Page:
Have you ever had a project around the house where you needed to remove an old screw and discovered that it had a square head on it instead of a standard slotted or Phillips head? Those square-headed screws are called “Robertson,” in case you didn’t know. (And, in the interest of full disclosure, I didn’t know it either—I had to look it up.) Anyway, I ran into one of these screws the other day while doing some simple home repairs. Since I didn’t have a Robertson driver at hand, I tried to remove it with a regular Phillips driver instead and ended up stripping the screw head. You know what happened next: pliers, saws, frustration, some regrettable language, and way too much time used up by this one annoying problem.
The best way to deal with problems like these, whether it is a simple home repair or building a circuit board, is to use the correct tool for the job. There are many times during PCB assembly when the more traditional tools or methods—such as wave soldering—are not always the best choice for one reason or the other. The assembly technicians could spend a lot of time trying to make these traditional processes work. Or, they could use a tool that is specifically designed for the problem at hand.
The selective soldering system gives PCB assemblers the right tool they need to resolve some of the problems that wave soldering isn’t able to. Let’s take a look here at why selective soldering vs. wave soldering can help out the assembly of your printed circuit board.
The Basics of Selective Soldering vs. Wave Soldering
Wave soldering is the standard process that has been in use for many years to solder parts onto a circuit board. Although initially created for boards with all thru-hole parts, it will solder some surface-mount technology (SMT) parts as well. The circuit board rides a conveyor belt through a molten wave of solder that wicks up through the holes and around the pins to create the solder joints.
Wave soldering is the preferred method for production soldering because it can be quickly set up, and it will solder a lot of boards in very little time. Wave soldering does have some limitations, however, and not all boards can be run through this process. If a board cannot be wave soldered, then it must either soldered by hand or run through the selective soldering process.
Selective soldering is an automated system that pumps molten solder up from a reservoir through a nozzle to coat the leads extending out the bottom of a circuit board. The system will move in multiple directions to apply solder on every lead the operators program it for. In addition, the selective soldering system can be programmed for the length of time and the temperature of the solder that is being applied to get the best results. The selective solder system is an excellent tool that bridges the gap between wave soldering and hand soldering, and in some cases, it can be the most effective soldering choice.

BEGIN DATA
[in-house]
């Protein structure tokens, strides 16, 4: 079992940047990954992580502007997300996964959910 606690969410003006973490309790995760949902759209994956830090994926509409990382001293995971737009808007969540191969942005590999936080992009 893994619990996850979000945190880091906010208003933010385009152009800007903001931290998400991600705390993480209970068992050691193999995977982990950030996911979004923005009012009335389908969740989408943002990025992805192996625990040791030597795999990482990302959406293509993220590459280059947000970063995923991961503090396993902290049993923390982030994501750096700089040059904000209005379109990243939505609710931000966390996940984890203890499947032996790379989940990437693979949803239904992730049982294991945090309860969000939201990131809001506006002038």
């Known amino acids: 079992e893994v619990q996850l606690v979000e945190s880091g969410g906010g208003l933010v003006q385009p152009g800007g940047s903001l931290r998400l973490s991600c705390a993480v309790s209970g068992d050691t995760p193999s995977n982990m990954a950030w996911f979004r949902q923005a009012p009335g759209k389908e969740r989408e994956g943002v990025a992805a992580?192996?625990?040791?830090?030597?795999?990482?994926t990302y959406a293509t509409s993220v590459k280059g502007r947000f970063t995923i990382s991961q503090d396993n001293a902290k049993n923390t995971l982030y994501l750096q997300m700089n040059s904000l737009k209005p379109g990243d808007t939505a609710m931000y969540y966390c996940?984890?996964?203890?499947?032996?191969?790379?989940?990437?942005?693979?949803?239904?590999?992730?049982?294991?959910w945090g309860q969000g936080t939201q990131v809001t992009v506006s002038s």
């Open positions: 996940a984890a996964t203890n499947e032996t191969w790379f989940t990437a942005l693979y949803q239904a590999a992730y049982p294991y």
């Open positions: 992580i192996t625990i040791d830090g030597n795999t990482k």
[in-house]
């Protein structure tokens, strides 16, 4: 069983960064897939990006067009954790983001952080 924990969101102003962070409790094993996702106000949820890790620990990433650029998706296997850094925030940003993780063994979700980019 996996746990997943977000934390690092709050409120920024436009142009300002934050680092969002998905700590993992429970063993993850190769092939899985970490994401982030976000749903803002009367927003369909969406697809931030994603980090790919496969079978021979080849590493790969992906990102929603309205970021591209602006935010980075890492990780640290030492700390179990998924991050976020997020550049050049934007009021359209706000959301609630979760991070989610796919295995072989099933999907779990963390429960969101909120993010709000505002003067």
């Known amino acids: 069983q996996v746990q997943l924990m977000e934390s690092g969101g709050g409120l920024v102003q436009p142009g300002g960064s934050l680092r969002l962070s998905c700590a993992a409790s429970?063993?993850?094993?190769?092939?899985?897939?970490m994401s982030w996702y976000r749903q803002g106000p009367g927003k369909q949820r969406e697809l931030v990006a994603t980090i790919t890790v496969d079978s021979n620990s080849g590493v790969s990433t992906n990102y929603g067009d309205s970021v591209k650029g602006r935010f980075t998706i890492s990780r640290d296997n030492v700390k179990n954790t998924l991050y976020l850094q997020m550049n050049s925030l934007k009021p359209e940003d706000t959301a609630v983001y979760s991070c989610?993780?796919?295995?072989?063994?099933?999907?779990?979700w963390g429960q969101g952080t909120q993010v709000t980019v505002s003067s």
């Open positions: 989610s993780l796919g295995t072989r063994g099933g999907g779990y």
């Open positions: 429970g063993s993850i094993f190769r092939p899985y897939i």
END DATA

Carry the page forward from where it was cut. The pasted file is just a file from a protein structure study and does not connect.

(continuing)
When Selective Soldering Is the Most Effective
There are some conditions in which wave solder cannot be used, and hand soldering is not effective. In these cases, the only choice left is using the selective solder system. Some of these conditions include:
- Tall component height: The height of the solder wave has limitations, and some components are tall enough that they will block the wave from soldering the board.
- Tight component spacing: When thru-hole components are placed too close to SMT components, there might not be enough room to fit a protective fixture around the SMT parts that will allow effective wave soldering.
- Uneven heating: Thick boards, or boards with thick copper layers for power and ground planes, can cause a problem for hand soldering. It is difficult to get a single soldering iron to heat all of the thermally connected metal in the board sufficiently enough for the solder to flow through the holes to form a good solder joint.
- Dense concentration of thru-hole pins: When large connectors are being used with hundreds of pins, it can be difficult for a soldering iron to get into each pin to solder them all effectively.
In all of these situations, selective soldering can provide the solution. In addition to its ability to be programmed to handle unique pin configurations, selective solder also has other benefits as well. The selective solder system will utilize a far-side infrared preheater to balance uneven heating of thick copper boards. It can also use a wider nozzle that can solder two or three rows of connector pins in a single pass, considerably cutting the amount of time needed for soldering. This ability to quickly solder hard-to-reach areas that were traditionally only able to be hand-soldered is where selective solder really shines.
Another benefit that a contract manufacturer that offers selective soldering is in its consistency. Hand soldering can understandably produce variations in its results, but the selective soldering system will repeatedly give you the same consistent solder joint each and every time.
How Your CM Can Use Selective Soldering to Best Help You
Usually, the circuit board that you have built by a CM will have a part configuration that can be wave soldered. There are those conditions, though, that can make wave soldering difficult or even expensive, depending on the amount of fixturing that is required. Additionally, there may be scheduling requirements that won’t allow time to create the fixturing needed for wave soldering. In cases like these, it may make more sense to go straight to using selective solder to give you the results you need for your build.
At VSE, our manufacturing engineers have extensive experience, and they know which soldering processes will make the most sense for your PCBA. Our technicians have years of experience running boards just like yours through all of our different assembly processes, and you can be assured that your board will be run through the soldering process that will best fit your needs.